When Robert Lowell broke Jean Stafford’s nose
for the second time, something happened to poetry,
vascular, circulatory, an unstable shift in the tender stem
of the coming years,
as the introduction of sulfuric acid to soil
alters hydrangeas to a boy-child blue.
Are you alright, poetry? He hit her hard.
Her pain was exquisite and private,
a castle with seven rooms.
In the final room, the brain shivered, gem-like,
palpable as mathematics.
Doors opened, doors wavered in passive arcs,
beneath a moon unsuitable for metaphor.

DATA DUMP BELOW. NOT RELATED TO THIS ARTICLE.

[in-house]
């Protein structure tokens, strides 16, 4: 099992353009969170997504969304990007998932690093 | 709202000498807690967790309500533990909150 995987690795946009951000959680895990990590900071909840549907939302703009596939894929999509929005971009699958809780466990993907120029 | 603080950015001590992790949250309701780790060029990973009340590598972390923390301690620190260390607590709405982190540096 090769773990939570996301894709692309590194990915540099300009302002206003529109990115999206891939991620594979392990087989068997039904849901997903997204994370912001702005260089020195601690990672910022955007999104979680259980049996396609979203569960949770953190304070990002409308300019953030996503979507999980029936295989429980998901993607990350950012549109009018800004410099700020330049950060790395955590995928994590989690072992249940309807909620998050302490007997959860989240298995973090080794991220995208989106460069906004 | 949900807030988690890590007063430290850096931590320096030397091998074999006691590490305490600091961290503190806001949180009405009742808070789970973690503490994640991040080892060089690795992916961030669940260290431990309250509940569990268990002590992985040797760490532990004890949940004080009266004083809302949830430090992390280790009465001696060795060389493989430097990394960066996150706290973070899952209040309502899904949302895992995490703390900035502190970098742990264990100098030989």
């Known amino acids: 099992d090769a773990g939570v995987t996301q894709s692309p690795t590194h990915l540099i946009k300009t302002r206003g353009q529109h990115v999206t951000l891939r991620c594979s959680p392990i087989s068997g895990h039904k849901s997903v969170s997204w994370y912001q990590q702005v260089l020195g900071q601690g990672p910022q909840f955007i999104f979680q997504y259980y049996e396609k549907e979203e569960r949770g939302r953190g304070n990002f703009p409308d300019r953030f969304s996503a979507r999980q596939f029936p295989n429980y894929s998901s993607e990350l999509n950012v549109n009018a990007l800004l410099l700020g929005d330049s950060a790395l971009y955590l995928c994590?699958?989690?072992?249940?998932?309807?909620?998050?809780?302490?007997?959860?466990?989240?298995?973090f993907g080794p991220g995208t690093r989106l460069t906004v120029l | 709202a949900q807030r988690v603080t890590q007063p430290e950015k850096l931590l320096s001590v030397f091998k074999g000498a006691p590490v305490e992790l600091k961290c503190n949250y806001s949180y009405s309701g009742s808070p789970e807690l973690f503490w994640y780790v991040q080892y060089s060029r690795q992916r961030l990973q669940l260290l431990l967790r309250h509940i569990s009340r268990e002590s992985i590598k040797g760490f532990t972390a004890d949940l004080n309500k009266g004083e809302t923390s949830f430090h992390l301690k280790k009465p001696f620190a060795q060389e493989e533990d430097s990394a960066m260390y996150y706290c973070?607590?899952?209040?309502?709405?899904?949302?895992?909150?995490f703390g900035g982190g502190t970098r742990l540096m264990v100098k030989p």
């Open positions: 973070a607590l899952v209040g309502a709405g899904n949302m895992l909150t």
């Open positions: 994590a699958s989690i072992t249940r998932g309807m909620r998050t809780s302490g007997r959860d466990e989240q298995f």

What would have been the point, anyway,
of such dreaming? Against the backdrop of the unreachable
planets, pigeons navigate their evening,
soundless at such a distance, seeming graceful, yes,
but terrified, shedding almost everything naïve.
Copyright © Persea Books 2016
Used with permissions of The Permissions Company, Inc.
on behalf of Persea Books.